A woman can justify in her head the use of narcotics and being told it was safe, but her body and inner knowing will scream the truth throughout her lifetime. Drugs used in obstetrics, narcotics, are not shown to be safe for the birthing baby before using. Narcotics are known to affect every aspect of the user’s life and are a “controlled substance.” Why is it “fine” for a woman to have the right to choose narcotics (and interventions) that are dangerous for no other reason than for her own convenience and needs? Pain relief? There are healthy alternatives to pain relief. She gives up alcohol for ten months, doesn't she? Women also have ability to birth without drugs. And, why is it “fine” for obstetricians to support and allow drug use in birth, even whilst they will bear the financial responsibility for “bad outcomes” often associated with interventionist births (induction and epidural anesthesia)?

Lest you think I am too harsh, I am profoundly concerned for the women and babies who must live their most significant relationship impaired and harmed. They will live life with their core needs disrupted, disresprected, and wounded. I did so for decades -- tried to muddle through mothering and parenting "the best I could" and even doing "attachment parenting" before it had a name. Yeah, I had a good relationship with my baby and still do -- so for twenty-five years I went along with, if not defended medicalized birth. My oldest was twenty-five when I set upon the course of healing my deepest woundings -- my birth and theirs, drugs, interventions, violations, disempowerment, disregard of my self and body as a birthing woman. This was the root. I came to acknowledge that the deepest woundings from our birth experience were the "issues" in our relationship. We were trauma bonded. We were both "impaired" by drugs and interruptions and demands of others. As a woman I had been deeply violated in my most vulnerable time. WHY!?! to serve our doctor and hospital needs. That's BS. Without the understanding of society for this wounding it goes unrecognized and unhealed in the majority of women and their babies. I will no longer be silent about it. We have the technology and know how to heal us heal our past experience and to participate in changing it for women. Women have the "right" to be treated fairly, gently, and responsibly by those who care for her in birth.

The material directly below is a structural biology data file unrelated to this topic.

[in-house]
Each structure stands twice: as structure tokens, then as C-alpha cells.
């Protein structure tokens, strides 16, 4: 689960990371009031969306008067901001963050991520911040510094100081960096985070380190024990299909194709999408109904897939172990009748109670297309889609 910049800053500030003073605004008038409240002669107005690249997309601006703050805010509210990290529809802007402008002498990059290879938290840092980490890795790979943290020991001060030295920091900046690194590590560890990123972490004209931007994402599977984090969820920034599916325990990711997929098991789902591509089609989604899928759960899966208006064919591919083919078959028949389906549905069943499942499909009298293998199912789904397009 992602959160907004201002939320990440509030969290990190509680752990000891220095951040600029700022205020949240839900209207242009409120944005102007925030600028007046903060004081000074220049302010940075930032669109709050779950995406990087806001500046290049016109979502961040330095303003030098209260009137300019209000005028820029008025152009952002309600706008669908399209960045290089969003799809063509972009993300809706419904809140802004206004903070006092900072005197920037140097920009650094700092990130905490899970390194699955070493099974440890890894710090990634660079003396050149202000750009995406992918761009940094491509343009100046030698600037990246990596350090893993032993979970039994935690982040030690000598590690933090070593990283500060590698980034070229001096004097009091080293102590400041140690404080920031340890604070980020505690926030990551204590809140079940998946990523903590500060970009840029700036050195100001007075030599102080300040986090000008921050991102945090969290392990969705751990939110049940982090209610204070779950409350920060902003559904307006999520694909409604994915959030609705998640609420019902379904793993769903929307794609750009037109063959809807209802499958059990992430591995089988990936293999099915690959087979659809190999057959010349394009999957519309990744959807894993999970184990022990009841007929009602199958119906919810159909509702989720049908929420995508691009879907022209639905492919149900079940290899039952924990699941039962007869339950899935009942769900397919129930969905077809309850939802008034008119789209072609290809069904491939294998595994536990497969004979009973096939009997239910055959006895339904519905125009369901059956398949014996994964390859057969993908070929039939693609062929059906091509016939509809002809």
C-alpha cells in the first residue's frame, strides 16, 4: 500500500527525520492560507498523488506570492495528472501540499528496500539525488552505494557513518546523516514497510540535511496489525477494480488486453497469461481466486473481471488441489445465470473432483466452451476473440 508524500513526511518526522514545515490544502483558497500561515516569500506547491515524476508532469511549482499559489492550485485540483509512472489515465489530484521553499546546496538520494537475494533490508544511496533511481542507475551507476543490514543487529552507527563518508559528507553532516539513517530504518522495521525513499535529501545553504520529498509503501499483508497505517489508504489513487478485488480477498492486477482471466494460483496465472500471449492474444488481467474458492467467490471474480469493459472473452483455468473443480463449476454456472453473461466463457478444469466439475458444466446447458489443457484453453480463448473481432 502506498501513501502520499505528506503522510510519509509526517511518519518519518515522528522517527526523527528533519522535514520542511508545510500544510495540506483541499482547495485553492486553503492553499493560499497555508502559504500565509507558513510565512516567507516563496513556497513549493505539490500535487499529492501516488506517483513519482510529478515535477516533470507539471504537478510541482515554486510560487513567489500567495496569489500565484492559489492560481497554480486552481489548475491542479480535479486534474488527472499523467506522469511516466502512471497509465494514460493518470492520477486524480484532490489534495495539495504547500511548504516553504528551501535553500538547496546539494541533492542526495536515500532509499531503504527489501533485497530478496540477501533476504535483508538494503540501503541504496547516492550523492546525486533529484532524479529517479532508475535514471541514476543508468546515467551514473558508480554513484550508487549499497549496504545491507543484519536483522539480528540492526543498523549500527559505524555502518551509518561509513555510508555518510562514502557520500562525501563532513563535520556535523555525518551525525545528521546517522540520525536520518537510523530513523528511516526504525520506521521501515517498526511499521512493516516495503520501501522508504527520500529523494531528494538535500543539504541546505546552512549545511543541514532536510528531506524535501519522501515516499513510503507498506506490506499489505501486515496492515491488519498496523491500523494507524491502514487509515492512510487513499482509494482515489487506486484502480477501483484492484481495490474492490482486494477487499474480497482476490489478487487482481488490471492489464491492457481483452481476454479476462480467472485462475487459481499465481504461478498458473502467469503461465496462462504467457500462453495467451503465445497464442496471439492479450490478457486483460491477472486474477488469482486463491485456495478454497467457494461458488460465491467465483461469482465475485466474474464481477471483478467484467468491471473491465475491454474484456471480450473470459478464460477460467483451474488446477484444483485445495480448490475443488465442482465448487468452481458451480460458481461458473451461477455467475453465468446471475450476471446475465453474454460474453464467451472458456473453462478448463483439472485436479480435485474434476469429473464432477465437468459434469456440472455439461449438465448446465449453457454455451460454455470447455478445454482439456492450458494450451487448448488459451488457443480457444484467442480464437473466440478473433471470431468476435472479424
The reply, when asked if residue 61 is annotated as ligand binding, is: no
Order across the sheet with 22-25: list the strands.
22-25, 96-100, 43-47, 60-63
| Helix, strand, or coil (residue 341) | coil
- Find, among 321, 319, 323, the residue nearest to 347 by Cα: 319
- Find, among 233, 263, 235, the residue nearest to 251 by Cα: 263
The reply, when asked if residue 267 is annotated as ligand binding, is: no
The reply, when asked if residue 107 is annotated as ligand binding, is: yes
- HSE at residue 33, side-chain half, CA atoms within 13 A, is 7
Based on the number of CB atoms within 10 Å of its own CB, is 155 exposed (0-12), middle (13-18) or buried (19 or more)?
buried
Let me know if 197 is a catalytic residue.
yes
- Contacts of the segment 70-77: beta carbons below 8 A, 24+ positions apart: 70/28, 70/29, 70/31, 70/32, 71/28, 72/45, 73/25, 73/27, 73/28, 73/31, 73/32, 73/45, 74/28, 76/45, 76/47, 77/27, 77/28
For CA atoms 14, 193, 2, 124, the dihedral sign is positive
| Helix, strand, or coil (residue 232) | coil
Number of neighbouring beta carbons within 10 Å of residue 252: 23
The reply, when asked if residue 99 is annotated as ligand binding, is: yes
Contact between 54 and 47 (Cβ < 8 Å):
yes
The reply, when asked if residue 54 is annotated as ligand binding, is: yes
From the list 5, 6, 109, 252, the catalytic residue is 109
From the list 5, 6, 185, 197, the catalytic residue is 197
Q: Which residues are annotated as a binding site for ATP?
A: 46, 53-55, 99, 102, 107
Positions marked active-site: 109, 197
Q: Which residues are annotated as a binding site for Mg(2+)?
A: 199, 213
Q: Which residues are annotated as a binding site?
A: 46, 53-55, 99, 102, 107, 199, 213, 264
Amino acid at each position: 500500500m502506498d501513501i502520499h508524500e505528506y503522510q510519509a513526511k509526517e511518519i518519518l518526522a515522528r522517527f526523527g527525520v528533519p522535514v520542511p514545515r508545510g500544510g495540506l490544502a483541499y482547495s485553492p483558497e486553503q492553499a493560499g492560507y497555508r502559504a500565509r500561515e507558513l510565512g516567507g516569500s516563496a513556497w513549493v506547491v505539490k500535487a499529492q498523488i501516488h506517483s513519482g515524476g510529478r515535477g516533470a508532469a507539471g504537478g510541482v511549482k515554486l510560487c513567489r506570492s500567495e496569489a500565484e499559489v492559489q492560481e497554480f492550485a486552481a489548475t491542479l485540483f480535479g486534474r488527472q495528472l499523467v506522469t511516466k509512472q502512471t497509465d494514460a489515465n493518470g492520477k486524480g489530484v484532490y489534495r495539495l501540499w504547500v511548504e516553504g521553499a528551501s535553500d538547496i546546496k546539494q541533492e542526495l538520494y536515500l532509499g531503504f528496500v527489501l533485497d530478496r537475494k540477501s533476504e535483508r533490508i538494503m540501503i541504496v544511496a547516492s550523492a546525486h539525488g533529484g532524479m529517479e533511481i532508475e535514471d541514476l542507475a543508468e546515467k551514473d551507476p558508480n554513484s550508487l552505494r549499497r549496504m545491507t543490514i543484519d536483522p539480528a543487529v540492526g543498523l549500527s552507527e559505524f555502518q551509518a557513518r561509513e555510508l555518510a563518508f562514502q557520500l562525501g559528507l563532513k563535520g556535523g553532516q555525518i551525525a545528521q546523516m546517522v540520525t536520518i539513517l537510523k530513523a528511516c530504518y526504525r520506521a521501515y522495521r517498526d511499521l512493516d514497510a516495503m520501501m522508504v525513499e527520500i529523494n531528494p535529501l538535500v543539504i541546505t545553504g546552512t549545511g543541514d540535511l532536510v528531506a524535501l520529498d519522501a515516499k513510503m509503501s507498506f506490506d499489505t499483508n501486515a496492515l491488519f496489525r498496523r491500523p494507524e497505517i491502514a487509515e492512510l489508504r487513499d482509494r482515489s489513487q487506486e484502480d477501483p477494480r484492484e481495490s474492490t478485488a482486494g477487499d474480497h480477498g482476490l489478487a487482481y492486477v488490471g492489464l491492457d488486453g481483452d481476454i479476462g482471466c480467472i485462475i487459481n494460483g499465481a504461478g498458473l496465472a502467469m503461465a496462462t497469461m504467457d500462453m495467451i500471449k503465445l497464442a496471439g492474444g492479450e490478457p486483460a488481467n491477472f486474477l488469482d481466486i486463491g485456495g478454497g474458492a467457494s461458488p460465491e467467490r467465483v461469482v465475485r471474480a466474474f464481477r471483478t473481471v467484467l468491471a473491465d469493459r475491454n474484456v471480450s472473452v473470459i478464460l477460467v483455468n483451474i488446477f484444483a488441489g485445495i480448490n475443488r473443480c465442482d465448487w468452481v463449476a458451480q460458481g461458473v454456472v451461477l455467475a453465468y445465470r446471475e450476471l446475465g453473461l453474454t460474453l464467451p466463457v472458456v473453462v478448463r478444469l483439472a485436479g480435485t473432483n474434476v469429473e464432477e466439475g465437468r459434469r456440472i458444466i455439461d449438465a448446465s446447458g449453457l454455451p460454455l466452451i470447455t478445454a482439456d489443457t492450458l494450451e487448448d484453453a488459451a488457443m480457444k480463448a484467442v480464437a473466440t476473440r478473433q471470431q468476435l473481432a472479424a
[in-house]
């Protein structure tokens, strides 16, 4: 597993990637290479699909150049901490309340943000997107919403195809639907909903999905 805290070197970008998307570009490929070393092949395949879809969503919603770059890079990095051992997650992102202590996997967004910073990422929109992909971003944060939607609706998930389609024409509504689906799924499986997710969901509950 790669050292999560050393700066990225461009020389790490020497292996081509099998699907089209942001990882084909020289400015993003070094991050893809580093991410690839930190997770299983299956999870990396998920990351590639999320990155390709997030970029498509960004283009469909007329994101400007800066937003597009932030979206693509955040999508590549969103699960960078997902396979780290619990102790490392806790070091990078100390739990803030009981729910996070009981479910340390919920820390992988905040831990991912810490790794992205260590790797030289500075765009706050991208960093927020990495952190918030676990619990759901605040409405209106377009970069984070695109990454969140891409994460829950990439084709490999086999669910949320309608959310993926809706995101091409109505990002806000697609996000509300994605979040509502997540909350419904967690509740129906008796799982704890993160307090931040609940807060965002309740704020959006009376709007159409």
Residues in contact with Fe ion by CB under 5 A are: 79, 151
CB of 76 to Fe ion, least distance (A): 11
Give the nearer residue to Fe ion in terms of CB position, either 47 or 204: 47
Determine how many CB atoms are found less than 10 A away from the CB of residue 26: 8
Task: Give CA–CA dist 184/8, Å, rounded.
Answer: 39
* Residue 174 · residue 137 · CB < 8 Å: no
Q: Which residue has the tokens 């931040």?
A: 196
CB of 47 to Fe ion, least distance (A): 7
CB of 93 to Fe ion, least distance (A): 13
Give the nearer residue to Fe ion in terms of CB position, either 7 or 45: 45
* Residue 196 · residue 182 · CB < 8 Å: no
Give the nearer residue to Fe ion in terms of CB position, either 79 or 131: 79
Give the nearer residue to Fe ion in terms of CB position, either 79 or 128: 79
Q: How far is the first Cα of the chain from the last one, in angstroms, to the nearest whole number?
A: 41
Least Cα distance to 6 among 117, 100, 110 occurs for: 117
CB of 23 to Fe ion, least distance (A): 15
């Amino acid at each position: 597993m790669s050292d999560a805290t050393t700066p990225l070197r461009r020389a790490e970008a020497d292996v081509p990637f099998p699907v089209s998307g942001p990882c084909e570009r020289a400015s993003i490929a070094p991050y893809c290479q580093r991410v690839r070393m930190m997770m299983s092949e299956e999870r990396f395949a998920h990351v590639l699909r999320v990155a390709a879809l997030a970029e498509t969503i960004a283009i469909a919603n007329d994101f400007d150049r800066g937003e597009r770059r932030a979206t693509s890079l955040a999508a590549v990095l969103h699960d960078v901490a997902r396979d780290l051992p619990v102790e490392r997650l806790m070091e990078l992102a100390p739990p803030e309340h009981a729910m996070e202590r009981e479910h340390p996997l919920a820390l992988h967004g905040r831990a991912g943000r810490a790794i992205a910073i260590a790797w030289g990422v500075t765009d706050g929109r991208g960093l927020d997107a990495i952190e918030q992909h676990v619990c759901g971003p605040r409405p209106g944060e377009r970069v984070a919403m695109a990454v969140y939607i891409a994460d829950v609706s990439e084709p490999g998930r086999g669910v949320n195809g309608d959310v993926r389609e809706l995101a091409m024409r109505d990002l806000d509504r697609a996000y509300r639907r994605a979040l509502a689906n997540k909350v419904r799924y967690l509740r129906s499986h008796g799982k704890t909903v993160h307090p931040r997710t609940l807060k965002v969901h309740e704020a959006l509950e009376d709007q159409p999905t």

For women and babies who must utilize drugs and interventions the field of pre and perinatal psychology shows us how to MEDIATE the EFFECTS, how to be conscious and mindful, and how to engage the baby. And, SO IMPORTANTLY, we know that in the first hours, days, and weeks of life we can heal the effects of the drugs and interventions. What's so hard or unscientific about that? How could one not see the value in supporting the newborn after birth?

Why am on a tear today? I was nearly harrassed to take drugs during my third child's birth. I finally gave in to a "little Demerol" at the end. That baby is now in Iraq. He and I have talked about the effects of this on him on the Five Stages of Birth on the baby's brain (Emerson and Castellino) --- zoning out at the ending/finishing part of a project. I am lamenting this today --- as I see three young soldiers were blown up today in Iraq. I pray that what I have come to learn in birth trauma healing -- and wrote about in response to a post yesterday -- that when we acknowledge our baby's experience we support him or her to heal, to transcend it.


Housefairy said...

My deepest respect and encouragement are with you on your healing journey. My favorite blog in the world is this one.

Baby Keeper said...

And,also with you, housefairy - deepest respect and encouragment are with you on your healing journey. I just read your blog -- so touched by your story of birthing your son, Mickey.

I also read your current one --- sounds to me like you are finding your voice. Some of us believe one can not reach the levels one wishes until one really deals with, embrace, and heal our origin (father-sperm and mother-egg)of whome we are from, no way of out it. It often comes with some moments like you recently had.